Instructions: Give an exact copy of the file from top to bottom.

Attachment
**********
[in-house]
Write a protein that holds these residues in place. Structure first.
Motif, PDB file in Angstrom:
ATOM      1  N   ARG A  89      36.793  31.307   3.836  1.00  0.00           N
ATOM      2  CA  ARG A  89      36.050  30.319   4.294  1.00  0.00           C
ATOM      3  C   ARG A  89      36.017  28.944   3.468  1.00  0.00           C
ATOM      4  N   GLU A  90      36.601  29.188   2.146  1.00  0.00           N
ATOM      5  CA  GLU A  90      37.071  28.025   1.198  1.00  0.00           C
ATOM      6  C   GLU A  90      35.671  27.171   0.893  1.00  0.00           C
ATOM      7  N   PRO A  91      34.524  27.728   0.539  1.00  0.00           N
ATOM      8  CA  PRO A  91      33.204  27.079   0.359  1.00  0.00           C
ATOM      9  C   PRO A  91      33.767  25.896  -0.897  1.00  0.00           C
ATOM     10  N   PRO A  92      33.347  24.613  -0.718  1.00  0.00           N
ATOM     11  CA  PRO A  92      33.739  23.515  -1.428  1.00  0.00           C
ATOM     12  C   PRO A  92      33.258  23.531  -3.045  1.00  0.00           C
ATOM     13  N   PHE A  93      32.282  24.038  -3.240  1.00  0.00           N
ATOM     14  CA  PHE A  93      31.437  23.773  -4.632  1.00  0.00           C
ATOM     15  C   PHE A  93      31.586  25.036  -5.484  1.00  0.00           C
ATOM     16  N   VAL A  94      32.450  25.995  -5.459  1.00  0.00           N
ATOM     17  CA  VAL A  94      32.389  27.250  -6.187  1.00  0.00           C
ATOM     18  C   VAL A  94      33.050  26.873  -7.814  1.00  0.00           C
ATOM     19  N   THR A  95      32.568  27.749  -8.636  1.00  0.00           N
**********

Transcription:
[in-house]
Write a protein that holds these residues in place. Structure first.
Motif, PDB file in Angstrom:
ATOM      1  N   ARG A  89      36.793  31.307   3.836  1.00  0.00           N
ATOM      2  CA  ARG A  89      36.050  30.319   4.294  1.00  0.00           C
ATOM      3  C   ARG A  89      36.017  28.944   3.468  1.00  0.00           C
ATOM      4  N   GLU A  90      36.601  29.188   2.146  1.00  0.00           N
ATOM      5  CA  GLU A  90      37.071  28.025   1.198  1.00  0.00           C
ATOM      6  C   GLU A  90      35.671  27.171   0.893  1.00  0.00           C
ATOM      7  N   PRO A  91      34.524  27.728   0.539  1.00  0.00           N
ATOM      8  CA  PRO A  91      33.204  27.079   0.359  1.00  0.00           C
ATOM      9  C   PRO A  91      33.767  25.896  -0.897  1.00  0.00           C
ATOM     10  N   PRO A  92      33.347  24.613  -0.718  1.00  0.00           N
ATOM     11  CA  PRO A  92      33.739  23.515  -1.428  1.00  0.00           C
ATOM     12  C   PRO A  92      33.258  23.531  -3.045  1.00  0.00           C
ATOM     13  N   PHE A  93      32.282  24.038  -3.240  1.00  0.00           N
ATOM     14  CA  PHE A  93      31.437  23.773  -4.632  1.00  0.00           C
ATOM     15  C   PHE A  93      31.586  25.036  -5.484  1.00  0.00           C
ATOM     16  N   VAL A  94      32.450  25.995  -5.459  1.00  0.00           N
ATOM     17  CA  VAL A  94      32.389  27.250  -6.187  1.00  0.00           C
ATOM     18  C   VAL A  94      33.050  26.873  -7.814  1.00  0.00           C
ATOM     19  N   THR A  95      32.568  27.749  -8.636  1.00  0.00           N